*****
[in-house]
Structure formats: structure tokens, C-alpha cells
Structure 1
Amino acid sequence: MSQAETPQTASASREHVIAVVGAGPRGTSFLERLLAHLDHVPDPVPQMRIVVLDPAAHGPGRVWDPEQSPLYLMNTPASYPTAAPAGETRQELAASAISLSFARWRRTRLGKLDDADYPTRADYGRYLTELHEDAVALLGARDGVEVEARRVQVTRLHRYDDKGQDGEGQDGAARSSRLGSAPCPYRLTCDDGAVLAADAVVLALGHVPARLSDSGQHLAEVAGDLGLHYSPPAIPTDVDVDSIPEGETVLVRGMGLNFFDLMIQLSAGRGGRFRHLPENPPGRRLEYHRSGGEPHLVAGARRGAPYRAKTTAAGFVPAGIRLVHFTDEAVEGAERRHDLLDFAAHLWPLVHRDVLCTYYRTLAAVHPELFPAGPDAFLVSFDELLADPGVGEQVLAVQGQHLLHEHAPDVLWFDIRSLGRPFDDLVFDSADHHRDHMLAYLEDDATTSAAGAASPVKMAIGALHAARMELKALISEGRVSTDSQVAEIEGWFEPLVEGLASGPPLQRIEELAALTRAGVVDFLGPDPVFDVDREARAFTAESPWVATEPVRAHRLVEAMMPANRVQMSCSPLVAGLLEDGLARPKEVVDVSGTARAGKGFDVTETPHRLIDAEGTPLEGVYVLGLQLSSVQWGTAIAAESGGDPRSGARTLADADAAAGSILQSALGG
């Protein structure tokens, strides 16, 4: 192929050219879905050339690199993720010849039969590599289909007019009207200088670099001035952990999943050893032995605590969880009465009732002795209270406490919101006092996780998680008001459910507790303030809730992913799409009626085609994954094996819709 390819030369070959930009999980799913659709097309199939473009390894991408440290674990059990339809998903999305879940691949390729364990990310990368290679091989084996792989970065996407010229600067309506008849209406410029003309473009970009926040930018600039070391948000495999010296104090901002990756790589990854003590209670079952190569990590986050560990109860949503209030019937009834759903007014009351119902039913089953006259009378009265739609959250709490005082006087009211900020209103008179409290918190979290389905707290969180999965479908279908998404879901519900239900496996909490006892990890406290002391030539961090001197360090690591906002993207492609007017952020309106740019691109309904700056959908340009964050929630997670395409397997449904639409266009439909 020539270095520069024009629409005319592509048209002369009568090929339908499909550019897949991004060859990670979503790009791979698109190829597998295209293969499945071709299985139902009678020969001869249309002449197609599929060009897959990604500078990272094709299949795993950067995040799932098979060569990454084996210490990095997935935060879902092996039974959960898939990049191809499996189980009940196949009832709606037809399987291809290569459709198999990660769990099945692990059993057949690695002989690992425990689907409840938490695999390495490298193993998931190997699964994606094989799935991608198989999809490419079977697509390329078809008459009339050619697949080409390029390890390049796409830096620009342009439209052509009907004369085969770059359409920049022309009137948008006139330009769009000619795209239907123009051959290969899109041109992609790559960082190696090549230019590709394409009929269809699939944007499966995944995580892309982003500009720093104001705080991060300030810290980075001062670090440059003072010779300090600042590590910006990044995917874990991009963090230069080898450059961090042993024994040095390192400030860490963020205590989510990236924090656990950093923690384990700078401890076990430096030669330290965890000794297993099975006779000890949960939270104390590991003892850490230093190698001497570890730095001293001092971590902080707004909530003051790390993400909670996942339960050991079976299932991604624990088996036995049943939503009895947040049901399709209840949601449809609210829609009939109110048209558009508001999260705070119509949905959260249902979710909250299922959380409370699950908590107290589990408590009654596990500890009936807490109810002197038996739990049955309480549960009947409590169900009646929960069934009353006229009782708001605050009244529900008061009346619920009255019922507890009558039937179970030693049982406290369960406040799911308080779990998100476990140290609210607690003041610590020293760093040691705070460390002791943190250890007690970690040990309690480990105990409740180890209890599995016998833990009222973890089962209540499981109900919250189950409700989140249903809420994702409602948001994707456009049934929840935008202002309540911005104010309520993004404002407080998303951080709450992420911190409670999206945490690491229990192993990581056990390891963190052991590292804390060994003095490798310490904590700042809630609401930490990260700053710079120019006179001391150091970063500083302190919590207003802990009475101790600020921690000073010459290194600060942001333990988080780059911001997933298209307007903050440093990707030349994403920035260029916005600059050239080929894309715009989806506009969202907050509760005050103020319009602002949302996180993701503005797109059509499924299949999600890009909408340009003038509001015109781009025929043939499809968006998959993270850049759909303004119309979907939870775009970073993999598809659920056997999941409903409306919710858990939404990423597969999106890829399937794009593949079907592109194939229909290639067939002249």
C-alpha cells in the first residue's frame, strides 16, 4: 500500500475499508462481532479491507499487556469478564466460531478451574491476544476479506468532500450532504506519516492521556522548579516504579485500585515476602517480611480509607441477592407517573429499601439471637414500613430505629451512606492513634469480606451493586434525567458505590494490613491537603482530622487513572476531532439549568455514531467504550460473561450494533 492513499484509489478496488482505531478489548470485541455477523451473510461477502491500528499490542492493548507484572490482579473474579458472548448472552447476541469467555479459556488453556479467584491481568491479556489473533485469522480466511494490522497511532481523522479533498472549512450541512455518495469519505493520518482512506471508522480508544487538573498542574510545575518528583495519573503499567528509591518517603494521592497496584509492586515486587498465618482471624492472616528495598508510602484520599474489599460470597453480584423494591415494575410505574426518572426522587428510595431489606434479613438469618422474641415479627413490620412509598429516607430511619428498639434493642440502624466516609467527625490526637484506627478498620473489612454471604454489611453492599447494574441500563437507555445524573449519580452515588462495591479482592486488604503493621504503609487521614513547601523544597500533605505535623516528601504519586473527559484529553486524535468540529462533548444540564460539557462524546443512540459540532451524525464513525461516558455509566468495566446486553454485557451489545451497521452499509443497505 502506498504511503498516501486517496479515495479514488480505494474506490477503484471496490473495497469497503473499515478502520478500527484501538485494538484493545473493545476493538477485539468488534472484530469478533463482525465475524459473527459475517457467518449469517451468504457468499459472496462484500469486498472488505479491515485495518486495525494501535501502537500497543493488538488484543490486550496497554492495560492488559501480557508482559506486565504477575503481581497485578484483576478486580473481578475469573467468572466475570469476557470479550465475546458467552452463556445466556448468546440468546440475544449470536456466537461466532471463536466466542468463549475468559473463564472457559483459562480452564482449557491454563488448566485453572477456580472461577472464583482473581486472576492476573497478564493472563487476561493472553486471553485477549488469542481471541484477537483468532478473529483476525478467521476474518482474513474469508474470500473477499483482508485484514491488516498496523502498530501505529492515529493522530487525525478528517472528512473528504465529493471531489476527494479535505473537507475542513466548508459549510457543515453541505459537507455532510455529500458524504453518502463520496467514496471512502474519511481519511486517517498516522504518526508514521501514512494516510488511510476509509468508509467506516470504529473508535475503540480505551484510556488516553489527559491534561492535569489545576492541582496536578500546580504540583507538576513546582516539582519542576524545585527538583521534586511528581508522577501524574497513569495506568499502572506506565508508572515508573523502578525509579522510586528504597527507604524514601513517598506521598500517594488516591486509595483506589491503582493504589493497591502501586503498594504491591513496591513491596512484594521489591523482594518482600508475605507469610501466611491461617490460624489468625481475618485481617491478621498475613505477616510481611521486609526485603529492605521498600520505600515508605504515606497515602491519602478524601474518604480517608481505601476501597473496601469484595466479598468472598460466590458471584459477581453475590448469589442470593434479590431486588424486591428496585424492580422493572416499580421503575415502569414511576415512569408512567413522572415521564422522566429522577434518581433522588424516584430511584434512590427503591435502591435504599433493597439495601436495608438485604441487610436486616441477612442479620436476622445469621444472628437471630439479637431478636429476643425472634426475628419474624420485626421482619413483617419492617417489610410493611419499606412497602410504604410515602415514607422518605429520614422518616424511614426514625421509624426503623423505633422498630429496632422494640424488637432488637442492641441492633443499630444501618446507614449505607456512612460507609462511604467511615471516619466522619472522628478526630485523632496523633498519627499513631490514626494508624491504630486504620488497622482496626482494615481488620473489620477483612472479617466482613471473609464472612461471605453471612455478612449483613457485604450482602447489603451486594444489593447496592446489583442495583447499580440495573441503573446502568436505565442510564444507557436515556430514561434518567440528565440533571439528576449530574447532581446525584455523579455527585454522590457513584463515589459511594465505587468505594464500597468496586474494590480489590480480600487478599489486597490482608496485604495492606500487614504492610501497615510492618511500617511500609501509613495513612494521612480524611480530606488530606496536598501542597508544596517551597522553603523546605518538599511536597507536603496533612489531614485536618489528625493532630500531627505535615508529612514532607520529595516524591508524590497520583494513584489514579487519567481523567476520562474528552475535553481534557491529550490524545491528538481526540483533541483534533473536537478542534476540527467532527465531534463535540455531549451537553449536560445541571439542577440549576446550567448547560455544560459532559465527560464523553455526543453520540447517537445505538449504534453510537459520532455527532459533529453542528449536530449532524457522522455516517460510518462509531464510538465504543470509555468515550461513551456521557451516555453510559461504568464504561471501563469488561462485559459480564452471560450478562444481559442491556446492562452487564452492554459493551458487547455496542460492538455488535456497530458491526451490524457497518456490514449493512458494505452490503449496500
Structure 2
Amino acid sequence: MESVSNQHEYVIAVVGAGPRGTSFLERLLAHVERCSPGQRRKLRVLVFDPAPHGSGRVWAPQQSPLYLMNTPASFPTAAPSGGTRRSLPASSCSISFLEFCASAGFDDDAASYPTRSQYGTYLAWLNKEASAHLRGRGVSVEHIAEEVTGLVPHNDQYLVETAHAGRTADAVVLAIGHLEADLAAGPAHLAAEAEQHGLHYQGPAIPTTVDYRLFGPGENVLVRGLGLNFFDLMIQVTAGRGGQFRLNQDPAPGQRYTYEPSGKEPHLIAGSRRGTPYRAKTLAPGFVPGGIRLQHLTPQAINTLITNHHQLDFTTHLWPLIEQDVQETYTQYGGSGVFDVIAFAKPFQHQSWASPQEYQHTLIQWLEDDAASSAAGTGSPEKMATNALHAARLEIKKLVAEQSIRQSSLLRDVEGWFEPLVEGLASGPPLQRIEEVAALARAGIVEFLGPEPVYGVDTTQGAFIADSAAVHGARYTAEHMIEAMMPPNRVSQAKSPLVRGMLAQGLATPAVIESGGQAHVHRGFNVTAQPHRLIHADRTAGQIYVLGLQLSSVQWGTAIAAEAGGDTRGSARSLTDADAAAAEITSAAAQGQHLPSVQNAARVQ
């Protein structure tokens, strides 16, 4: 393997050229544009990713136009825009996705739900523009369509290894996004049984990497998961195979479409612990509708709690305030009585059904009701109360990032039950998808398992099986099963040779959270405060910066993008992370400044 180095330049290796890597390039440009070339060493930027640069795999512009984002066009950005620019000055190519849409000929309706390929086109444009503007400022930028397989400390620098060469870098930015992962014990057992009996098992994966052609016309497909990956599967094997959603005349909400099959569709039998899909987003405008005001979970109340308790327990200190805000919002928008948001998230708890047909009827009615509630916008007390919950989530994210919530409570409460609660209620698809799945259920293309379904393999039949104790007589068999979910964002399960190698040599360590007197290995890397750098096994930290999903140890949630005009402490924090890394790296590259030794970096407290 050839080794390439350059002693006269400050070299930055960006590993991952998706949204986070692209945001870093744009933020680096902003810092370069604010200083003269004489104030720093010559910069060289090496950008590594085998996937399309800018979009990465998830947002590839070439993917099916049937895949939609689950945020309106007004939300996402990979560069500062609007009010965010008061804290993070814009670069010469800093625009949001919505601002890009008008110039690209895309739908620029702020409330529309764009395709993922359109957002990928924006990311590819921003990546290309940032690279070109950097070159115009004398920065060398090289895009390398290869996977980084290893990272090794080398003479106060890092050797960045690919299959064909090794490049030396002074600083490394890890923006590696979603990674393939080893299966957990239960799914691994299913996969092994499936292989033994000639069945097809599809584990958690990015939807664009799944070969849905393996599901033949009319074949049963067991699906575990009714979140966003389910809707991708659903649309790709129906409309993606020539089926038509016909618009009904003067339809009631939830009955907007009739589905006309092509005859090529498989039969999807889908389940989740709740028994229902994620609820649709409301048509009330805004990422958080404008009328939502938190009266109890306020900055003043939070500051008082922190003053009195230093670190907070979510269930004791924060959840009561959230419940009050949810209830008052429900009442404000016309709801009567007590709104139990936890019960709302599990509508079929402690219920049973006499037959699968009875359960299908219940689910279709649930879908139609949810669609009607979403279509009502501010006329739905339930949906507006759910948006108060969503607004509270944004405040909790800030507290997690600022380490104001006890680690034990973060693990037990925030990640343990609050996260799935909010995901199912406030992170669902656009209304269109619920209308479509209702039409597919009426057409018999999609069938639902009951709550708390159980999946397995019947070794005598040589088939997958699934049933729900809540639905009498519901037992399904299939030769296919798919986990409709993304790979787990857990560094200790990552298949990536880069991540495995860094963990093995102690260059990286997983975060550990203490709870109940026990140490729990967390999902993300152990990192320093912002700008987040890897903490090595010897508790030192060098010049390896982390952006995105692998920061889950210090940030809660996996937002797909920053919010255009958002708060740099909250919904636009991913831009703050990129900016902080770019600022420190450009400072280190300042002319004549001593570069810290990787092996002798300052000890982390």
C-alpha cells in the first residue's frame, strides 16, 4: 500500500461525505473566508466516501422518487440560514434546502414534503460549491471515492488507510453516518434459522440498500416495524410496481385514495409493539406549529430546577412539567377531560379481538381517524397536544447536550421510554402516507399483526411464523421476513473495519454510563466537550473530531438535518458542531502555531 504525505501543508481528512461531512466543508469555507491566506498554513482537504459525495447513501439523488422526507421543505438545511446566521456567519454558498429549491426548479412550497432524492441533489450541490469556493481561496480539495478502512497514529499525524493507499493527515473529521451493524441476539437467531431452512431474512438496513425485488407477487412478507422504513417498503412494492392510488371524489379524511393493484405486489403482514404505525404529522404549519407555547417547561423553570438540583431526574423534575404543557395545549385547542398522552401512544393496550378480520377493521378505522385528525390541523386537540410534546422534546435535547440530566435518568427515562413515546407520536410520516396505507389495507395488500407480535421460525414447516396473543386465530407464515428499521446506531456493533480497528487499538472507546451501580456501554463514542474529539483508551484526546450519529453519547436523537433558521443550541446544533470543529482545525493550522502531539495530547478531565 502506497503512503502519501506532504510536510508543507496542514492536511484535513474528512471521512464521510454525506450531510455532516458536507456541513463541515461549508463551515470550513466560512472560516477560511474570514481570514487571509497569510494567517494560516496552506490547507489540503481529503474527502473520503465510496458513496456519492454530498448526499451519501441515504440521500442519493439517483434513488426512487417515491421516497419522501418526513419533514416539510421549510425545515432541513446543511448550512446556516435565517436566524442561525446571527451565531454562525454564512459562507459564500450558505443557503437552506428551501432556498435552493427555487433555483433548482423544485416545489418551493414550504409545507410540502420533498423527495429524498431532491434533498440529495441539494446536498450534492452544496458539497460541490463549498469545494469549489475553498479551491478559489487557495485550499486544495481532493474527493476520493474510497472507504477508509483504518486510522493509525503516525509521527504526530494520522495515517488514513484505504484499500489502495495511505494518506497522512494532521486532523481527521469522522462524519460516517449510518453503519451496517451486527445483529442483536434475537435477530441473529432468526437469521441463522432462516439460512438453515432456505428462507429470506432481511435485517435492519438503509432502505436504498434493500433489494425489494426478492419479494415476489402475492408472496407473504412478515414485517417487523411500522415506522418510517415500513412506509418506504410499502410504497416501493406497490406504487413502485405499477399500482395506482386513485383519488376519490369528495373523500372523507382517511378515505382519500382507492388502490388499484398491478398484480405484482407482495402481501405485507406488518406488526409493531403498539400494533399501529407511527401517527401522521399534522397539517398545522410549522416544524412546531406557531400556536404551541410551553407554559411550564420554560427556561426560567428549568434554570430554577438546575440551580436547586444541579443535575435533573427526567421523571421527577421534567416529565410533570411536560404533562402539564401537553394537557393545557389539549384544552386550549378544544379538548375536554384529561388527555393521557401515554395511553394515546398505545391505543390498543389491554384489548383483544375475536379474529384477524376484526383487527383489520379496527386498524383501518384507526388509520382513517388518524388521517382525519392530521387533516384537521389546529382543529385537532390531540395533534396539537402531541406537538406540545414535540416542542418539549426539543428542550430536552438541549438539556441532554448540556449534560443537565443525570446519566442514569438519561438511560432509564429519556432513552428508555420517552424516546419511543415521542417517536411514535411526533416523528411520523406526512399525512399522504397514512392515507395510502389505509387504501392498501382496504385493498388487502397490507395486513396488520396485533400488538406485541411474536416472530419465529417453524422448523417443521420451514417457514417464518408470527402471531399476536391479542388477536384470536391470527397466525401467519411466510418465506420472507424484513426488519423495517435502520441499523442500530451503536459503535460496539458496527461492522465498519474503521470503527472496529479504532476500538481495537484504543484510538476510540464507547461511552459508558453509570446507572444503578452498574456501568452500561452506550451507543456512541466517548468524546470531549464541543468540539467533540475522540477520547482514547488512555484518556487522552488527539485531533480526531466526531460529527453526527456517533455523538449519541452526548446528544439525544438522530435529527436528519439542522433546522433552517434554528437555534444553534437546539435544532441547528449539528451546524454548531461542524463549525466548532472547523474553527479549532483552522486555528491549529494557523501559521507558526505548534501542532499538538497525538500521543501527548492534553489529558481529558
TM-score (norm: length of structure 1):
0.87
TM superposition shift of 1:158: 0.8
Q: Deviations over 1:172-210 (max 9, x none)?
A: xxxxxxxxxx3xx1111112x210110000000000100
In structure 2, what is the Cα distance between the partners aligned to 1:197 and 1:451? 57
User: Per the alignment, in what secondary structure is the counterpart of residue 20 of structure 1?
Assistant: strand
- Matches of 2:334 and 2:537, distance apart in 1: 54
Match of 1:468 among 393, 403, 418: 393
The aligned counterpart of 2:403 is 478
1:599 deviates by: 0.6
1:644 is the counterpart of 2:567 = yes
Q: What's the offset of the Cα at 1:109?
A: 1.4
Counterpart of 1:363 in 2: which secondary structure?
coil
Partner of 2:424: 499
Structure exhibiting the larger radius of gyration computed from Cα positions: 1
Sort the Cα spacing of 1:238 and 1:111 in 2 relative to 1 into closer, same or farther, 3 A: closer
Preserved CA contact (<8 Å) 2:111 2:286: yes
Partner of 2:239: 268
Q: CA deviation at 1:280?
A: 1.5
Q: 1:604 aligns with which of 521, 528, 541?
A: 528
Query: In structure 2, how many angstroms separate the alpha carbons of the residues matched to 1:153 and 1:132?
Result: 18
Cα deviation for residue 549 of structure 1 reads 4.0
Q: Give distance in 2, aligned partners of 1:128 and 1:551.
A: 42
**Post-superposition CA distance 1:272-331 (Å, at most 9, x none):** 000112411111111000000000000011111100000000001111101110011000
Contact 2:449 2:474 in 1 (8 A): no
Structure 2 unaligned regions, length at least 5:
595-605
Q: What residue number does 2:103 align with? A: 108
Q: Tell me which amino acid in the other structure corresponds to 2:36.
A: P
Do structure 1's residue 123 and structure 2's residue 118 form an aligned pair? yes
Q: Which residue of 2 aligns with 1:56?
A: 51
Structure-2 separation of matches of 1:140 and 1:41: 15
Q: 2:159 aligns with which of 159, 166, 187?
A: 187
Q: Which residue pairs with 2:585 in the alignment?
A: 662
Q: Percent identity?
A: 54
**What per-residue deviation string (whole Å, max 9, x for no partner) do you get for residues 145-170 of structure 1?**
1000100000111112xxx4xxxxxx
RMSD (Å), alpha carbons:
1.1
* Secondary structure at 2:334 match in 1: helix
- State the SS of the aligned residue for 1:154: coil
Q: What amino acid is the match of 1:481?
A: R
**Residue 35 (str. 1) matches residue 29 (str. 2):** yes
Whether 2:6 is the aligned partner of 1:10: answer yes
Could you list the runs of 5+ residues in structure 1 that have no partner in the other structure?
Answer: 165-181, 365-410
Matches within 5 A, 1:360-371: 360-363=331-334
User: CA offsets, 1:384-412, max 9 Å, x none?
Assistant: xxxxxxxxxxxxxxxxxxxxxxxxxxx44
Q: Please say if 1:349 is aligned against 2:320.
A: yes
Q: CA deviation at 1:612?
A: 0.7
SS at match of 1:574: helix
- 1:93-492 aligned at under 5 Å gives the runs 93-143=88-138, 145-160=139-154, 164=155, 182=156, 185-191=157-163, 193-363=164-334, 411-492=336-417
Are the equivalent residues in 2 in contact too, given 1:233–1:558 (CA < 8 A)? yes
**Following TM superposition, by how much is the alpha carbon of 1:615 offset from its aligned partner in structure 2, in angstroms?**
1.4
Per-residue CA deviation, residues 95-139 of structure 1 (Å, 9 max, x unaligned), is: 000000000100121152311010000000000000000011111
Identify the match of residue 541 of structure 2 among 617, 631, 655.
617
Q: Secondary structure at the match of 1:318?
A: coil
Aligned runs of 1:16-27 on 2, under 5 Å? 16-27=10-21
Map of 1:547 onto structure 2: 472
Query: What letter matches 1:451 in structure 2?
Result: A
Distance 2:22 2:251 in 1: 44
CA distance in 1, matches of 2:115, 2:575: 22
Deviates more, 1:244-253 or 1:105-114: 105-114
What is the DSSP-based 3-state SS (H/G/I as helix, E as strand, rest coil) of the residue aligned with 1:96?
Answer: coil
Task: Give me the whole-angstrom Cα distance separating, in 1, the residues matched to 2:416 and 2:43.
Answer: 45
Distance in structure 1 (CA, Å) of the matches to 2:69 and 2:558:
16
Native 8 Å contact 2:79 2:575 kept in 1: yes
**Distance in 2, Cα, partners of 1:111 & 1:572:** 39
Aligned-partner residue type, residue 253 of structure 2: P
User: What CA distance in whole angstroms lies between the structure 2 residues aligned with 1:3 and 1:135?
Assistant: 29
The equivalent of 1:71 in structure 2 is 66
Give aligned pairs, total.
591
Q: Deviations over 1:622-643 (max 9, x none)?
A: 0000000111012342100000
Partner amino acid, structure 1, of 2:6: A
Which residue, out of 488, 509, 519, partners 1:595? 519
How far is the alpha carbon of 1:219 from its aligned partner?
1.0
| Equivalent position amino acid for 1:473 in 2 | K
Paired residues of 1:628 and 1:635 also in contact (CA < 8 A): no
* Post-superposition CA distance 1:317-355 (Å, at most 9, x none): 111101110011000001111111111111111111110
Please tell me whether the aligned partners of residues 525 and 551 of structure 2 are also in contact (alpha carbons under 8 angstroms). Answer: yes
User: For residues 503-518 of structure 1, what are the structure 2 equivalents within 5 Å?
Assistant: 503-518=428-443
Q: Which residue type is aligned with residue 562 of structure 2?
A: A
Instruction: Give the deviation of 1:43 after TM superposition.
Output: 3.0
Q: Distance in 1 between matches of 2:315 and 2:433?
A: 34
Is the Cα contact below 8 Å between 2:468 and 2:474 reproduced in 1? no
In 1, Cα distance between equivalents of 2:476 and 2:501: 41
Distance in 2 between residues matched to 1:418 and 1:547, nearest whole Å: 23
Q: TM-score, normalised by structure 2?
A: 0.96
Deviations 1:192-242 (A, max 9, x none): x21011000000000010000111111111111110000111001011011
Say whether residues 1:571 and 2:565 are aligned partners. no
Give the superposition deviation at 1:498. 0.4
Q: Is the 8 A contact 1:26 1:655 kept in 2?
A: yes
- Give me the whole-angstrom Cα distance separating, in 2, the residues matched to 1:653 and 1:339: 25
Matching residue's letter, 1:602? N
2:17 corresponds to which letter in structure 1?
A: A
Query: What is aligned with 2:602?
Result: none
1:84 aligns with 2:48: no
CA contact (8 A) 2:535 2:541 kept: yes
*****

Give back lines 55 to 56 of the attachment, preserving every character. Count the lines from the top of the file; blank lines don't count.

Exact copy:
Q: Which residue pairs with 2:585 in the alignment?
A: 662